• Bad Days:

You are doing the best you can. Remember that even the non-ill have bad days, so why can’t you? Also, don’t sugar coat the bad days either. Chronic illness is real. Chronic pain is real. People need to see it.

  • Saying No:

We want to please others and keep harmony, but you have to make yourself the priority. This is not an act of selfishness, it is an act of self love because the only one who is going to suffer because you over extended yourself, is you.

  • Being Untidy:

This is a huge source of irritation for women, because as progressive as the world might be, women are still seen as the care-taker of all things inside the house. We all want our house to look like it could be photographed for the cover of Good Housekeeping, but often times we are unable to keep up with such high, personal expectations. It’s okay. No one has ever died because the breakfast dishes are still there after dinner. If you cannot enlist help from someone, accept what you can and cannot do.

  • Others judging:

Unless someone lives with chronic pain/illness, they are not going to understand what it is like. However, it is one thing not to understand and still be supportive and have a desire to help someone, and to not understand and judge someone over what you think they can and can’t do. You should not apologize to someone over their lack of understanding the situation and you need to surround yourself with those people who will support you.

  • Good days:

When life becomes about good days and bad days, and bad days out numbering the good, there is no logical reason at all why you should apologize for having a good day. The nature of chronic pain/illness is such that even our good days are not 100% so we need to be able to receive those good days without the added pressure of suddenly feeling like we are not allowed to live our lives. So live and laugh and don’t apologize for finding joy.

This is Liza’s second contribution to the National Pain Report. She is a delegate to the International Pain Foundation who lives in Houston.

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Authored by: Liza Zoellick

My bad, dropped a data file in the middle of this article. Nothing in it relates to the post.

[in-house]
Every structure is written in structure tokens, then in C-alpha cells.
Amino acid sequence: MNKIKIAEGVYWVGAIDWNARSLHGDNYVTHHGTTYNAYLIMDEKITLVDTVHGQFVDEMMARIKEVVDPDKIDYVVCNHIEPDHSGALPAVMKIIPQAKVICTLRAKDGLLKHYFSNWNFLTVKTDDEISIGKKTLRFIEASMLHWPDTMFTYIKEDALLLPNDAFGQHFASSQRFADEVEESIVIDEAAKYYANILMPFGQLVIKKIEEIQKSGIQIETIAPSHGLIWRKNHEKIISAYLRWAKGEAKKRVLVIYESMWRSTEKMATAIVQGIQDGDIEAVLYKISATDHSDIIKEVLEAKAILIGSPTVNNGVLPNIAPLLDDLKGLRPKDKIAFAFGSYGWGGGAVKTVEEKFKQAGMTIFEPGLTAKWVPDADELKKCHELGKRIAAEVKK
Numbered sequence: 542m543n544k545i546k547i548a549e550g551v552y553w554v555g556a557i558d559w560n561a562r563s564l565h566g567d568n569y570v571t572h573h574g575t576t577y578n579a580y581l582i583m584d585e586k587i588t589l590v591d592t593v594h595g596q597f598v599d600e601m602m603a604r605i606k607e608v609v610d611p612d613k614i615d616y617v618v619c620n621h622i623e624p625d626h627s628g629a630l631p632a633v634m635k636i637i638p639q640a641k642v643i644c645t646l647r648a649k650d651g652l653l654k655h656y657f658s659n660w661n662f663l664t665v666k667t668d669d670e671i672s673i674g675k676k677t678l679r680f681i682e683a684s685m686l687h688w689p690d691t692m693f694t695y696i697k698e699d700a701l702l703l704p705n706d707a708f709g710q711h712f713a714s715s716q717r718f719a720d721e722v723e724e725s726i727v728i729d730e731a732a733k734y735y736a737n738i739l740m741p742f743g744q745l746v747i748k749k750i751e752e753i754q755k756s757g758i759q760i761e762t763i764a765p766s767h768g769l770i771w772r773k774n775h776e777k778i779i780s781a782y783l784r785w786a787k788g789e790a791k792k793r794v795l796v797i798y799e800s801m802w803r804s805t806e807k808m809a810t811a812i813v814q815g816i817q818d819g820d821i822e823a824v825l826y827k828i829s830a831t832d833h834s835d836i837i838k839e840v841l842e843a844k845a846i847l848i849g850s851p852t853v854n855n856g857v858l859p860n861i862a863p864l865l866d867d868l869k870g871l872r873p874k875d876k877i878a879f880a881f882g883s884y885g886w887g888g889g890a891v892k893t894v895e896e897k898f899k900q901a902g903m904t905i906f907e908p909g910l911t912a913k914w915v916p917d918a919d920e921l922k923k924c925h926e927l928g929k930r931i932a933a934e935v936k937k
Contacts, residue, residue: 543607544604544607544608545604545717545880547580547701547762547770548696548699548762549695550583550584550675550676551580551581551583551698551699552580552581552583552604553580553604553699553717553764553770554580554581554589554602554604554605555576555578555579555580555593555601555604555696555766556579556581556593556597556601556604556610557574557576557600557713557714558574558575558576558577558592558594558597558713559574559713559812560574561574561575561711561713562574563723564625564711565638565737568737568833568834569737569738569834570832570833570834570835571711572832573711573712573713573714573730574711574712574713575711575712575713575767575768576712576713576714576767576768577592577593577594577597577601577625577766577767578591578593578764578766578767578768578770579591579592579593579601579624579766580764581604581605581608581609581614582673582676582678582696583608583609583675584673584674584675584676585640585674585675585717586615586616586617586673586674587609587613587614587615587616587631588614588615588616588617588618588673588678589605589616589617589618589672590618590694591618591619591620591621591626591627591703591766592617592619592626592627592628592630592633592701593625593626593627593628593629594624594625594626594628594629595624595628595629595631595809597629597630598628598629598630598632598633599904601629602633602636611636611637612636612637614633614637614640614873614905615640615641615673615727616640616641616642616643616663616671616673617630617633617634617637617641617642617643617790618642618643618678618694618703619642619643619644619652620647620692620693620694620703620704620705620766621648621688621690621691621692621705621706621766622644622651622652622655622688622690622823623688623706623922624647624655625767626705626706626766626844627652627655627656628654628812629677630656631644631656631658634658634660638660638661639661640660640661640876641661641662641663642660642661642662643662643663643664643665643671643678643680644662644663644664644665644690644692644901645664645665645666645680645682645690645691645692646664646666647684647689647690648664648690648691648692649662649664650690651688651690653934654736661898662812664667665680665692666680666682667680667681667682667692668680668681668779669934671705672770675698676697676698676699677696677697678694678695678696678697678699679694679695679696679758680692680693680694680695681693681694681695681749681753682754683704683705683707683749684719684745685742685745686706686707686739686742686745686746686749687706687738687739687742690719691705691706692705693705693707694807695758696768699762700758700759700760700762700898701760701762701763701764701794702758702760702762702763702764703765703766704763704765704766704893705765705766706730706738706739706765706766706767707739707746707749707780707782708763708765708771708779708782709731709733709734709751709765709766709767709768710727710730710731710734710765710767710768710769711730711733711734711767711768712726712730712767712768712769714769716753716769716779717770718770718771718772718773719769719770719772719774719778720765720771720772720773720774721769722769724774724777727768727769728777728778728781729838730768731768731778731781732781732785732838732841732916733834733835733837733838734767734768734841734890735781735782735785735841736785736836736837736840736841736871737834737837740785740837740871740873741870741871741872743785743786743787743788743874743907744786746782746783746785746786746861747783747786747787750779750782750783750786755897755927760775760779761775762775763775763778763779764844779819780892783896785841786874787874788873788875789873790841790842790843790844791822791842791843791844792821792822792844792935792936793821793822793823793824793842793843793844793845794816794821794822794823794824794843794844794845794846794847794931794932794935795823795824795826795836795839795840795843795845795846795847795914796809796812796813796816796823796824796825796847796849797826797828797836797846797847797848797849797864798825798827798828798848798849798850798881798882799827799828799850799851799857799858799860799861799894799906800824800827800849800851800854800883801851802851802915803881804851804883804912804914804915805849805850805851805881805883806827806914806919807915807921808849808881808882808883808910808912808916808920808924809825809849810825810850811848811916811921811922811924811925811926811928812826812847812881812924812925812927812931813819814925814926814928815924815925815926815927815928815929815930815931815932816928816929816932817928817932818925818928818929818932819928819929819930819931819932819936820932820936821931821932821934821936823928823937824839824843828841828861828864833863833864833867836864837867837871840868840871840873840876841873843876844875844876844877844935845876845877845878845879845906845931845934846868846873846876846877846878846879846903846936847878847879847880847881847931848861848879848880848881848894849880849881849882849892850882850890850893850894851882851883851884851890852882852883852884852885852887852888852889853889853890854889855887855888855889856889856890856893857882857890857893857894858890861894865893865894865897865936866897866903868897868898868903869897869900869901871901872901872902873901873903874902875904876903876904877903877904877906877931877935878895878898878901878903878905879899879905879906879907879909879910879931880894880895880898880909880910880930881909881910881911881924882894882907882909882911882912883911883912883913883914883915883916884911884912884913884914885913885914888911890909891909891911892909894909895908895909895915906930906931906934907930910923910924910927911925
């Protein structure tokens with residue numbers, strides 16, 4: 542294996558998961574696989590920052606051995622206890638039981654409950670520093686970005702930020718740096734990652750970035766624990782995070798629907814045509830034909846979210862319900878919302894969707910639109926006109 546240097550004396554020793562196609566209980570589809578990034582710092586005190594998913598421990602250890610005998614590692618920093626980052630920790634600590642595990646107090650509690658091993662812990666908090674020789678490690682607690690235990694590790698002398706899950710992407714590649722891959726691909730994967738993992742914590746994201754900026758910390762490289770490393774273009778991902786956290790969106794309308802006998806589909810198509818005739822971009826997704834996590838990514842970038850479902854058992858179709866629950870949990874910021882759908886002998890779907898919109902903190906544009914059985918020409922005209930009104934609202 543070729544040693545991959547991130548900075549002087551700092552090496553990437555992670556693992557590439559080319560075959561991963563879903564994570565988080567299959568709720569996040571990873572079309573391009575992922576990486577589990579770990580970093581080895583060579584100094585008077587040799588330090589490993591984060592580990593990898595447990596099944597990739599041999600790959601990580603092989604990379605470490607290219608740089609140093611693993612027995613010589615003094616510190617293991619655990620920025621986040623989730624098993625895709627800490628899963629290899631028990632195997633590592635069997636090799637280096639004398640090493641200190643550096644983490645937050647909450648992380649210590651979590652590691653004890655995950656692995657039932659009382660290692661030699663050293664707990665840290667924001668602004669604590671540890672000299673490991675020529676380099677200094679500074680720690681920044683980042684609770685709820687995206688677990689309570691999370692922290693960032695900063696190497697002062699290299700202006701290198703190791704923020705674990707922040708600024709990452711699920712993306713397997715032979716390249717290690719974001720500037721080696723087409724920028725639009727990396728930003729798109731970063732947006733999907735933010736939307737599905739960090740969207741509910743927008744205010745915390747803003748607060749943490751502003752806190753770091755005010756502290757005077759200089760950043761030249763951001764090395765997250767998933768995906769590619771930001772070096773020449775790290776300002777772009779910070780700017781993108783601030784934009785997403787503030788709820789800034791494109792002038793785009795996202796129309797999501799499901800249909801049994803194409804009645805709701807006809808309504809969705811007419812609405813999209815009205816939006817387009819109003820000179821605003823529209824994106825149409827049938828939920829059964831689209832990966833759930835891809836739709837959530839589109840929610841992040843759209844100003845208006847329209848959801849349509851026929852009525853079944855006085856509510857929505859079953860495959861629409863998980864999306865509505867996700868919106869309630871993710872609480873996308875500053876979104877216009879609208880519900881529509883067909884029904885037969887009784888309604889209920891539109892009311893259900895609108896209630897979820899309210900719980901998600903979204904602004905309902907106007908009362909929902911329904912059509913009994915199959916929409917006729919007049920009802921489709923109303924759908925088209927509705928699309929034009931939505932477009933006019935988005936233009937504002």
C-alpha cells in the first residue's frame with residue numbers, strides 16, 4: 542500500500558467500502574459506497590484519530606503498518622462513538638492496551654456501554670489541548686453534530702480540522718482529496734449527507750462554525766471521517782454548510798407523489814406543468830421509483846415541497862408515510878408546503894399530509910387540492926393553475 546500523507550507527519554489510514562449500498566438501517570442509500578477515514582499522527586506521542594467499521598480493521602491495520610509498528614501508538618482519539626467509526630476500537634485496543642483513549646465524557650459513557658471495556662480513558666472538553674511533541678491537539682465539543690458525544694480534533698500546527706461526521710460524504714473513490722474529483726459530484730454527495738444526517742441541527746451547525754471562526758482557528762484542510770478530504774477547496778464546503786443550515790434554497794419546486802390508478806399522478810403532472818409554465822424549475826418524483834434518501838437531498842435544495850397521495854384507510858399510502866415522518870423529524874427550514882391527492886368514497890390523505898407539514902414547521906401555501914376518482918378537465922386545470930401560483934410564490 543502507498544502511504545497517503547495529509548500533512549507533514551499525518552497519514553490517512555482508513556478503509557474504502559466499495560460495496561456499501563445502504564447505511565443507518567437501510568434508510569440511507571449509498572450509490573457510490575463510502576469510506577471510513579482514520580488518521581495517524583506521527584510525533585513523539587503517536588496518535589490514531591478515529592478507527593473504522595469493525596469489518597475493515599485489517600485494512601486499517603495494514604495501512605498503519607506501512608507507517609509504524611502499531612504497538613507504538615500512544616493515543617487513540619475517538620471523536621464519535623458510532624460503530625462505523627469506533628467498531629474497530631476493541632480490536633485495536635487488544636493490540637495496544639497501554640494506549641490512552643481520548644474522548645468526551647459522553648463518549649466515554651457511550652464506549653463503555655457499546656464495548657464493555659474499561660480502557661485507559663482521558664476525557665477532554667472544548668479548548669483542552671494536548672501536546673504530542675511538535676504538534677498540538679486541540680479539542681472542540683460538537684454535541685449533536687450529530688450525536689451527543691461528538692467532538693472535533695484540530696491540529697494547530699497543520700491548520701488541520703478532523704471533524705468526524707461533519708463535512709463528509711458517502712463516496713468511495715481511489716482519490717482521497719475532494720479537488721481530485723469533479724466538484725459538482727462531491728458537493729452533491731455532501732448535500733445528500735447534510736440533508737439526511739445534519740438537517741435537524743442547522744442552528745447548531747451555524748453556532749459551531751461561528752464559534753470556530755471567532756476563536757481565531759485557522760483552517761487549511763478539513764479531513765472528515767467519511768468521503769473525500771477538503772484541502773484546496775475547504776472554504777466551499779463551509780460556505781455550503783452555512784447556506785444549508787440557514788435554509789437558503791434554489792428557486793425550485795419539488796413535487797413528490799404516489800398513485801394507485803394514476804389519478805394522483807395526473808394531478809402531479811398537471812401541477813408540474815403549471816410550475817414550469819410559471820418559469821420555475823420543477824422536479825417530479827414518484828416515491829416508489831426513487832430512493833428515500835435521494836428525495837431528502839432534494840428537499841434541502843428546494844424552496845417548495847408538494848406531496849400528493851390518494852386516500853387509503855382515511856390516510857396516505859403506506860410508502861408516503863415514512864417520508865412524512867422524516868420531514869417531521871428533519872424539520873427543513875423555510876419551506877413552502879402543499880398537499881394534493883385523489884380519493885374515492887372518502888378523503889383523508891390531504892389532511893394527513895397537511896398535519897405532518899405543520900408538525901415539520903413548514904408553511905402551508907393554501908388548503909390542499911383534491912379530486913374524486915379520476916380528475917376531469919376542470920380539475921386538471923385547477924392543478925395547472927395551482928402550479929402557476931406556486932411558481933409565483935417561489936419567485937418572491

Liza is a chronic pain warrior from Houston who has been chronicling her journey through chronic pain and illness on her blog: She is a frequent and valued contributor to the National Pain Report.

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Byron Hood

Lisa< I see you're in Houston. Is there any way you can contact me? My wife is a chronic pain sufferer, and we live in the Galleria area.

Thank you for the comments and I’m really so very happy that I touched a chord with all of you. It really gives me a lot of joy to be able to write and bring chronic pain/illness to the attention of readers. My blog is if any readers are interested in other topics I do cover there.

Michele Youngblood Howe

Everything that you wrote about is exactly as I have or could say. I got so tired of apologizing for basically living!, that I have chosen to live alone with my animals so that I won’t feel the need to apologize for not being perfect and in good health. It’s sad and I do get lonely, but I don’t have to feel badly bcuz I am sick, once again, or don’t feel sociable or have to think of some ridiculous excuse just to not sound like I’m making the same old repetitive saying of “oh, I just don’t feel good today”. Why does society make women feel as if we must always be there for someone, regardless of how we feel? Do men feel this same guilt? I doubt it!
I’m printing this out and putting it on the fridge where I can see it every day and be reminded that I don’t have to apologize for not living up to anyone’s, including my own expectations!
Thank you Lisa, for such a great article and the freedom to say NO!